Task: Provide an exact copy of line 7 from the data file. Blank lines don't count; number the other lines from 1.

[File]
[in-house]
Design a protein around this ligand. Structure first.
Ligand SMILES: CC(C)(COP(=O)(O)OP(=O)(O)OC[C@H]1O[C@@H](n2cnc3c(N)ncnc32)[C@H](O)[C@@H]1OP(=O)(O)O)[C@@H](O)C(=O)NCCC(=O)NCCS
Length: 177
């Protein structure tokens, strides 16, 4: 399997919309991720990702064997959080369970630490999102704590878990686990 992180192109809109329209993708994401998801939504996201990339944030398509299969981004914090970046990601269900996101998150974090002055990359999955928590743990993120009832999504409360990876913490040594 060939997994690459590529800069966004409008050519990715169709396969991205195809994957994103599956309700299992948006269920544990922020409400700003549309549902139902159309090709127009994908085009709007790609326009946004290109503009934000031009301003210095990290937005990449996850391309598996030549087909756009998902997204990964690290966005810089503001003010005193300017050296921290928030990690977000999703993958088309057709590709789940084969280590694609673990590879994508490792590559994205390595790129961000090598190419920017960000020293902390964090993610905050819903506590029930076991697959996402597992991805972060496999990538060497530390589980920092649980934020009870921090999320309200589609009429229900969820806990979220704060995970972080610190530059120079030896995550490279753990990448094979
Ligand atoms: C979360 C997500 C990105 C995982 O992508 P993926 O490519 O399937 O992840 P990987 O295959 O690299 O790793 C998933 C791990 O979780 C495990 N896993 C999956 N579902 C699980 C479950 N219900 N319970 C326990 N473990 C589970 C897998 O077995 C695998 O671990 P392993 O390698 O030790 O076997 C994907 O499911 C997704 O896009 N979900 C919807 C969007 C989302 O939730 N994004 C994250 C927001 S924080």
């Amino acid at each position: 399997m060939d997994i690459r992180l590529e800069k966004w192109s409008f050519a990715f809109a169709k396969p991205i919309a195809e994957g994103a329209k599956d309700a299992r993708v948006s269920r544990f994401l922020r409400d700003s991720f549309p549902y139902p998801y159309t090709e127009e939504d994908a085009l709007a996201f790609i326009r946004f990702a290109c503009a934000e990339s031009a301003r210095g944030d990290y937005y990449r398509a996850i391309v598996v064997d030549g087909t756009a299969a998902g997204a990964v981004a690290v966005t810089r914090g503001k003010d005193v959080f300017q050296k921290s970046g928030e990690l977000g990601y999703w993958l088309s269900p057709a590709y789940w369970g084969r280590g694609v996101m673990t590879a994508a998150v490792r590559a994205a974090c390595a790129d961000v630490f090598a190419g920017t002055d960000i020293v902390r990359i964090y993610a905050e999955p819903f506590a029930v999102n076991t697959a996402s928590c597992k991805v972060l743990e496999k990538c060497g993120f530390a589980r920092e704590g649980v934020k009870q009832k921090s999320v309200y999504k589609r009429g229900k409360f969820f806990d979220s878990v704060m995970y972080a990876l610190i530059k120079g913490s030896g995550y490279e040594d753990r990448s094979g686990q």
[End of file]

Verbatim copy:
């Amino acid at each position: 399997m060939d997994i690459r992180l590529e800069k966004w192109s409008f050519a990715f809109a169709k396969p991205i919309a195809e994957g994103a329209k599956d309700a299992r993708v948006s269920r544990f994401l922020r409400d700003s991720f549309p549902y139902p998801y159309t090709e127009e939504d994908a085009l709007a996201f790609i326009r946004f990702a290109c503009a934000e990339s031009a301003r210095g944030d990290y937005y990449r398509a996850i391309v598996v064997d030549g087909t756009a299969a998902g997204a990964v981004a690290v966005t810089r914090g503001k003010d005193v959080f300017q050296k921290s970046g928030e990690l977000g990601y999703w993958l088309s269900p057709a590709y789940w369970g084969r280590g694609v996101m673990t590879a994508a998150v490792r590559a994205a974090c390595a790129d961000v630490f090598a190419g920017t002055d960000i020293v902390r990359i964090y993610a905050e999955p819903f506590a029930v999102n076991t697959a996402s928590c597992k991805v972060l743990e496999k990538c060497g993120f530390a589980r920092e704590g649980v934020k009870q009832k921090s999320v309200y999504k589609r009429g229900k409360f969820f806990d979220s878990v704060m995970y972080a990876l610190i530059k120079g913490s030896g995550y490279e040594d753990r990448s094979g686990q």